‘Conventional PCR’ (or simply PCR) uses one pair of oligonucleotide primers to amplify a small part of the genome of the infectious agent. Analytical sensitivity is typically high with a minimum number of 100 to 1000 copies of the target DNA detectable. Analytical specificity can be high, dependent on target selection, primer design, and assay optimisation. Both analytical sensitivity and specificity can be further improved by applying nested PCR (see point 3 below). Detection methods, such as Southern blotting followed by hybridisation probes, can further improve sensitivity and specificity, but are time-consuming, require laboratory handling of amplified DNA, and interpretation of results can be technically subjective. Based on complexity and expense, these detection methods are not generally considered suitable procedures for common practice in diagnostic laboratories today.


Nested PCR


Nested PCR assays use two sets of amplification cycles with four primers, termed external and internal primers. In general, nested PCR assays provide higher analytical sensitivity and specificity compared with conventional PCR assays; however, there is a substantial increased risk of cross contamination. The lower limit of detection with the nested PCR is typically <10 genomic copies of the target DNA, and analytical specificity is also enhanced because in the nested PCR, four oligonucleotide primers have to bind specifically to the selected targets in order to yield a positive reaction (2).


Real-time PCR


Real-time PCR differs from standard PCR in that the amplified PCR products are detected directly during the amplification cycle using hybridisation probes, which enhance assay specificity. Various real-time methods, such as TaqMan, Scorpions, FRET, or Molecular Beacons assays, have become popular tools for detection of infectious agents. Real-time PCR has been used for the detection of bacteria, viruses or parasites from a range of animal species (2, 6, 8). These new assays have several advantages over the ‘classical’ conventional or nested PCR methods. Only one primer pair is used, providing sensitivity often close or equal to traditional nested PCR but with a much lower risk of contamination. Fluorescence, indicating the presence of the amplified product, is measured through the lid or side of the reaction vessel thus there is no need for post-PCR handling of the amplified DNA. These procedures are considerably less time-consuming compared with traditional post-amplification PCR product detection in agarose gels followed by ethidium bromide staining and again, the risk of contamination is reduced. The use of a 96-well microtitre plate format, without the need for nested PCR, allows the procedure to be automated and suitable for large-scale testing (5). Diagnosis can be further automated by using robots for DNA/RNA extractions and pipetting. Compared with classical amplification methods, a further advantage of the real-time PCR is that it is possible to perform quantitative assays (6).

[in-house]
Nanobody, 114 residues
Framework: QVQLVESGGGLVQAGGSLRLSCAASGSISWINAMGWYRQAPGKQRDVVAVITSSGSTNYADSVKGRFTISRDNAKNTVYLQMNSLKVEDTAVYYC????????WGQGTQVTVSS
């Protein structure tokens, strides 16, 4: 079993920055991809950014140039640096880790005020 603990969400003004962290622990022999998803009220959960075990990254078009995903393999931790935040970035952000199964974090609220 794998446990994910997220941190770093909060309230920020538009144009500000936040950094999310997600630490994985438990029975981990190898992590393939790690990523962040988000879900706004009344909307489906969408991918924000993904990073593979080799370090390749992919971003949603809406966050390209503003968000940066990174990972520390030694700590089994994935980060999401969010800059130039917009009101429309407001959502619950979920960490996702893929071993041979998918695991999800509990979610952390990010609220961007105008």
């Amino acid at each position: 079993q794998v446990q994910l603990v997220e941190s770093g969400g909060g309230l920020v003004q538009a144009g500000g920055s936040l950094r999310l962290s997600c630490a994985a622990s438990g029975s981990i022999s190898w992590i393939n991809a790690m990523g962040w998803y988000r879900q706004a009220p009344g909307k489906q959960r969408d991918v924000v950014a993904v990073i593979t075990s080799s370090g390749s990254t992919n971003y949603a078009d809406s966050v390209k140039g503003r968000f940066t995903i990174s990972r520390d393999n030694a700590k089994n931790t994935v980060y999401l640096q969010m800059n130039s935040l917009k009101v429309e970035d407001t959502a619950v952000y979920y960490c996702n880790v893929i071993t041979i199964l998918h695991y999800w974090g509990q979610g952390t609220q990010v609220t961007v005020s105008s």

Multiplex PCR


PCR reactions using multiple primers directed at different targets in a single assay are referred to as multiplex PCR assays. In multiplex PCR, various infectious agents can be detected and differentiated in a single reaction vessel at the same time. The different PCR targets amplified in a standard PCR assay are identified based on PCR product size. The use of ‘classical’ nested PCR methods for the construction of a multiplex assay is complicated by the need for targets of different sizes, as well as primers that may ‘compete’ with each other in the same reaction mix, both of which can negatively impact PCR efficiency. In contrast, the concept of real-time PCR (single primer pairs) provides excellent possibilities for the construction of highly sensitive multiplex systems (2, 4) based on more uniform target size, uniform amplification conditions, and differential detection of targets using specific hybridisation probes labelled with different fluorophores.